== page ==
For my friend Becky's 18th birthday (read: also during freshman year), a group of us went out to dinner. Afterwards, we all squeezed into her cave-like dorm room, and some hot-shot popped a bottle of champagne, which had been chilling in the mini-fridge. We didn't have cups, because we were freshman and cups are for grown-ups and people who actually have kitchens, so we just passed the bottle around, bonding through our shared germs. Also, I'm pretty sure we all kept yelling at each other to quiet down "or else the RA is going to come." Classic.
My First Exam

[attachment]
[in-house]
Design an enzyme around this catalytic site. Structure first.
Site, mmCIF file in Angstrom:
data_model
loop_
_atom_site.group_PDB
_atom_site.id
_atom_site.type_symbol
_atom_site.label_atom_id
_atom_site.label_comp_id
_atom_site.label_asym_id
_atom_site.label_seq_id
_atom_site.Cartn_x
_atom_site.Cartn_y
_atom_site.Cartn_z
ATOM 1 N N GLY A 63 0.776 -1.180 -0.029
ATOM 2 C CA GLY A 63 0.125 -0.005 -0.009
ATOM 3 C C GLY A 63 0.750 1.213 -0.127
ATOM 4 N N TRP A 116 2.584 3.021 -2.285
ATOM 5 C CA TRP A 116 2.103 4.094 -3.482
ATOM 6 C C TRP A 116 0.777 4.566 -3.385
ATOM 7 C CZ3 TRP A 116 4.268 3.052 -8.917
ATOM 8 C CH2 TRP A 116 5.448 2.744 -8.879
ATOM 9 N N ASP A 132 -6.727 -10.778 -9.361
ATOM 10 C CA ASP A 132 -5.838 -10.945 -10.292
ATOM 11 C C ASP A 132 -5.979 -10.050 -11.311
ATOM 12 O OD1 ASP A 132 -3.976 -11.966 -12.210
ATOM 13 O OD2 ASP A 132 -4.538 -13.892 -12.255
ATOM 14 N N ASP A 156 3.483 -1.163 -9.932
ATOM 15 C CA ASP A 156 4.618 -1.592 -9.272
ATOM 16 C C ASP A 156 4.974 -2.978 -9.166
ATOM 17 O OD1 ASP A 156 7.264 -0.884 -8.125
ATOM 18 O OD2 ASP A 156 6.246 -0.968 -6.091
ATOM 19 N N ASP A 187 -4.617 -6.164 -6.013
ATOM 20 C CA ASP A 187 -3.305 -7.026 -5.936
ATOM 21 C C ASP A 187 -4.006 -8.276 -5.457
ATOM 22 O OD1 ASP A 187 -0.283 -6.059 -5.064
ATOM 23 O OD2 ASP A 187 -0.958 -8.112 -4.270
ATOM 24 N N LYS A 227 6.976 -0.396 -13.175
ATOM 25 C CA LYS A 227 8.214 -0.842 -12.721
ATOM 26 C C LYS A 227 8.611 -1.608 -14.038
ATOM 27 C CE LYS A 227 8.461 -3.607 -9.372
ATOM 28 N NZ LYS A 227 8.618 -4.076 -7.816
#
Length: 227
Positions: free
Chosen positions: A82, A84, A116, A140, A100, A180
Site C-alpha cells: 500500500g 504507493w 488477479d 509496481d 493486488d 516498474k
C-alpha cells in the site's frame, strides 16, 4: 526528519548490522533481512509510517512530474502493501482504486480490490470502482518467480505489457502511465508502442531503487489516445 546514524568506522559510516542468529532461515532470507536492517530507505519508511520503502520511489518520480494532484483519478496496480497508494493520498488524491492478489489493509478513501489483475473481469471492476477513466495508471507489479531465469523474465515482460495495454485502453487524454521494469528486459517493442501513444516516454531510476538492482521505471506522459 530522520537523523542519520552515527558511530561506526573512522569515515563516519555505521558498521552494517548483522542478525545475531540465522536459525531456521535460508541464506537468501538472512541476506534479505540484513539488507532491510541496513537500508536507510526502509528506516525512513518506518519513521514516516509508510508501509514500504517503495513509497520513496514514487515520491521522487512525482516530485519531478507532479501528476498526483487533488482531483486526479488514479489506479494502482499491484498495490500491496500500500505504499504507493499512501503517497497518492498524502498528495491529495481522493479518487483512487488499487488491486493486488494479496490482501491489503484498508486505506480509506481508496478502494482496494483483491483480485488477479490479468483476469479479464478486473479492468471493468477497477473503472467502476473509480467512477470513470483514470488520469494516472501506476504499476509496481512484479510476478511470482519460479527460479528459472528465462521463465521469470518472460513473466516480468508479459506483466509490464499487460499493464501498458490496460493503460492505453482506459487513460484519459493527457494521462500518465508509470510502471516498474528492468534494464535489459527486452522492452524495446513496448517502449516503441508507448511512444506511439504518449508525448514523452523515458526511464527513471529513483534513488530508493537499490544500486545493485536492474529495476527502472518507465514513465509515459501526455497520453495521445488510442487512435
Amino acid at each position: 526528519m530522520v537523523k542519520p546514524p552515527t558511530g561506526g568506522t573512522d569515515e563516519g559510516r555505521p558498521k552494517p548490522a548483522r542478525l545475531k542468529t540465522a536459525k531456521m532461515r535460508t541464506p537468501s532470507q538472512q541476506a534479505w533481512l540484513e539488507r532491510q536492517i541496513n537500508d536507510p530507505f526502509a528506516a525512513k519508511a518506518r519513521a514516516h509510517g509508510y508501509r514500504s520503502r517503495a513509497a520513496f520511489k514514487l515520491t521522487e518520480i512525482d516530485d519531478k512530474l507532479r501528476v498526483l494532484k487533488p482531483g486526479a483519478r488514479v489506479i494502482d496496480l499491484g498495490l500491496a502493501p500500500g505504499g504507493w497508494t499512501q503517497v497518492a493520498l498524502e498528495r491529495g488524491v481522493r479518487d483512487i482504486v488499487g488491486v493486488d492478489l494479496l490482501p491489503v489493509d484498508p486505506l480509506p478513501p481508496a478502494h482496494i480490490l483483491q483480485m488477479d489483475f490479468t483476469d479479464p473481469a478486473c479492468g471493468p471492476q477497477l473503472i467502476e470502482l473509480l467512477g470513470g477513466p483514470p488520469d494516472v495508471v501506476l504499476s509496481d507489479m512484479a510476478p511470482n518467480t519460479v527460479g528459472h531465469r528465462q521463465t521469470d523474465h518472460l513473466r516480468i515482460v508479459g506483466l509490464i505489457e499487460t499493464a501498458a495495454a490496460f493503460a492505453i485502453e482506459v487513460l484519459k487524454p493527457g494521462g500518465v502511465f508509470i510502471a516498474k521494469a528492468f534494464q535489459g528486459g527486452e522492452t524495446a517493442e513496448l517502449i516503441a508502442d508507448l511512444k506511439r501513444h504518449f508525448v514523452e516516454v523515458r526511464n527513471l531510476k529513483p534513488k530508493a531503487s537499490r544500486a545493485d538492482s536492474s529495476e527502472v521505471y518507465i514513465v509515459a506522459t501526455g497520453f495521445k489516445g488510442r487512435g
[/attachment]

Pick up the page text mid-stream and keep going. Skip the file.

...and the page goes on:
College isn't all about partying, you know? And I'd never felt like more of a serious college student than on the day of my first final exam. I remember it like it was yesterday. I was terrified. And honestly, I still think it was a pretty intense experience, especially for your first exam. It took place at 7 AM or something crazy early like that. It was a freezing December morning, snow on the ground (reminder: Snow exists). I ate a lonely bowl of Cheerio's in the dining hall, along with the few other poor souls who had early exams. The class was a survey English course, covering everything from the middle ages to the Protestant reformation (I think?), taught by a very enthusiastic and only slightly insane old man professor, whose name I forget (sorry!). For the exam, we had to identify different passages of poetry, including their title, their author, and their year, which meant memorizing a lot of poetry and a lot of dates, since I didn't know which ones would be on the test. I think there was also an essay, but I don't really remember, and I ended up doing fine. What I remember most, though, all these years later (okay, it hasn't been that long), was that quiet dining hall, the grey winter sky outside the windows, and that bowl of Cheerio's, which I almost couldn't eat it because of my nerves. And then afterwards, I was, in my little freshmany way, almost proud of how intense it had been. I felt like the fact that I survived such a hard, un-high-school-like exam made me a real college student.